Roaring success: women’s sport poised for strong growth

Roaring success: women’s sport poised for strong growth

England Lionesses lifting the Euro 2022 trophy was a feel-good moment for the country. But there’s also good reason to feel optimistic about the longer-term prospects for women’s sport, says Bambos Eracleous, Partner, Sports, Media and Gaming.

What a moment, a time for pride. A time when the Lionesses of the pride showed their prowess and composure in beating Germany 2-1 at a packed Wembley Stadium to be crowned UEFA Euro 2022 champions. A thrilling, edge of your seat victory, filled with all the skill, grit and drama that makes elite level sport so compelling.

Victory was all the sweeter for bringing with it a first ever major championship for the women’s international football team. Yet success on the pitch is only one part of the story. The rise of the Lionesses is also emblematic of the wider rise of women’s sport which in recent years has gathered momentum and now seems poised for strong future growth.

Recently I joined a webinar from UK sports charity the Women’s Sport Trust, an organisation that promotes greater media coverage of women’s sport, encourages investment by brands and celebrates leading female elite athletes. The Trust aims to create “a bold, unapologetic and independently successful women’s sport ecosystem.” On 6 September, it released research findings which showed that 36.1 million people watched women’s sport on TV between January-July 2022, double the 17.5 million in the equivalent period in 2021.

Rising TV audiences present big marketing opportunities for brands, and we’ll return to that shortly, but they also help cement interest. YouGov research shows that watching international events like the Euros, FIFA World Cup and Olympics is the top reason (42%) for people becoming interested in women’s sport.  

Alongside this, fans are flocking to stadia. In the US, San Diego Wave FC recently broke the National Women’s Soccer League single-game attendance record, selling 32,000 tickets to its match with Californian rivals Angel City FC. While here in the UK, the new WSL season has also kicked off with record demand, including Arsenal selling a new league high of 45,000 tickets for their north London derby clash with Spurs, while Reading are enjoying a fivefold increase in season ticket holders.

Triumph at the Euros has provided a real shot in the arm for English women’s football, but it is by no means the only sport pulling in the crowds. Women’s events at the Commonwealth Games drew in plenty of people, while in cricket the 2022 edition of The Hundred smashed the ball out of the ground. According to the ECB, 271,000 people attended matches – a global record for a women’s cricket competition – and all eight participating venues broke their previous best for domestic women’s attendances. Average attendance topped 10,000 for the first time.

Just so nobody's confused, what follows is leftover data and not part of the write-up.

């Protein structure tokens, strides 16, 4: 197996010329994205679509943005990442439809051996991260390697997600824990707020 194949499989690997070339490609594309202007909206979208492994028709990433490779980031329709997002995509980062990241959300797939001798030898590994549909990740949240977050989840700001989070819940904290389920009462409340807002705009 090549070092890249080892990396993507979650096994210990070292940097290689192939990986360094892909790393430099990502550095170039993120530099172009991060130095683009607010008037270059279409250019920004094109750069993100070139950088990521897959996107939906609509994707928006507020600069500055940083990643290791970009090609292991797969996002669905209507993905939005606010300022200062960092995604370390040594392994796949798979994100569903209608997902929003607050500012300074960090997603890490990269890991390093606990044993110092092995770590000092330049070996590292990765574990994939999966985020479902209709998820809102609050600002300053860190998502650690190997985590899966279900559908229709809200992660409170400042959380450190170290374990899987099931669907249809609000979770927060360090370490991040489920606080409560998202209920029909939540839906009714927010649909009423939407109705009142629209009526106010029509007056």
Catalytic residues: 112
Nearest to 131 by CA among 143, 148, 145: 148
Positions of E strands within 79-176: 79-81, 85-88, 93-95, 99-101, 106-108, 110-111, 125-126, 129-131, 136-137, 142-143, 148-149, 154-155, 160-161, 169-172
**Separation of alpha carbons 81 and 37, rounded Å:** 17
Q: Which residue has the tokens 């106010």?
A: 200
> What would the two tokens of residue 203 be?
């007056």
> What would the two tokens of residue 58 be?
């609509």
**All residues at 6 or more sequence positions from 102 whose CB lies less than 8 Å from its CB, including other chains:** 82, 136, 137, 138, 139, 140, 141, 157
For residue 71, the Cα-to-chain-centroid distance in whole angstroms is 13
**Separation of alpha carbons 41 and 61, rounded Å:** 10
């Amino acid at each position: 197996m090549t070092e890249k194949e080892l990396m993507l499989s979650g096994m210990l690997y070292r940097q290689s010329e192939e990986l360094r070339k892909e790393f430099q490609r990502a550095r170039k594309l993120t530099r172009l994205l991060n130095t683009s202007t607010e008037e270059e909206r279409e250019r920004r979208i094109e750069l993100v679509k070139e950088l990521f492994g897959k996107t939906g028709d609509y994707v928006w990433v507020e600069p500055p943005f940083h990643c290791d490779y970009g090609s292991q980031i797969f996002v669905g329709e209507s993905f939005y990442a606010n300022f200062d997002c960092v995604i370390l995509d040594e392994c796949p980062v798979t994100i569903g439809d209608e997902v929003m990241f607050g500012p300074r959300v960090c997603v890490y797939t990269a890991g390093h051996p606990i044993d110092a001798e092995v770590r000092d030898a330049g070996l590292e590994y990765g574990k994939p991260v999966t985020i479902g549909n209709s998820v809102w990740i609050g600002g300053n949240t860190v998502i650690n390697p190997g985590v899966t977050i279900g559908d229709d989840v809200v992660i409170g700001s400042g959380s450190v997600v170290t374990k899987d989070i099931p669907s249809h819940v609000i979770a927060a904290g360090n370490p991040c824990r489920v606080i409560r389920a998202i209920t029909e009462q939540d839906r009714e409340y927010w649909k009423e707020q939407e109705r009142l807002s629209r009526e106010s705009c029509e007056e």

Maintaining the growth of in-stadia audiences will require ongoing work to improve the event experience coupled with pricing strategies that ensure tickets are affordable for families, all the more so in the midst of a cost-of-living crisis, while driving higher event day revenue.

Another big area of growth is the media rights market. Some major deals are up for renewal in North America in the next few years, with the NWSL broadcast deal set to expire next year, and basketball rights packages for the NCAA and WNBA coming to an end in 2024 and 2025 respectively.

The NCAA has been accused of severely undervaluing women’s basketball media rights in previous negotiations, and media rights expert Ed Desser believes the women’s tournament alone could be worth between $81-$112 million annually in 2025. If it achieves a deal of this magnitude that would set a wonderful precedent and potentially fuel an incredible uplift in media investment across leading women’s sports.

There are also great opportunities for heightening the visibility of women’s sports aside from broadcast channels. Brands undoubtedly have a role to play here – one that involves more than just sitting (or advertising) on the side-lines. As the fanbase for women’s sport continues to grow, its appeal deepens day by day, goal by goal, boundary after boundary.


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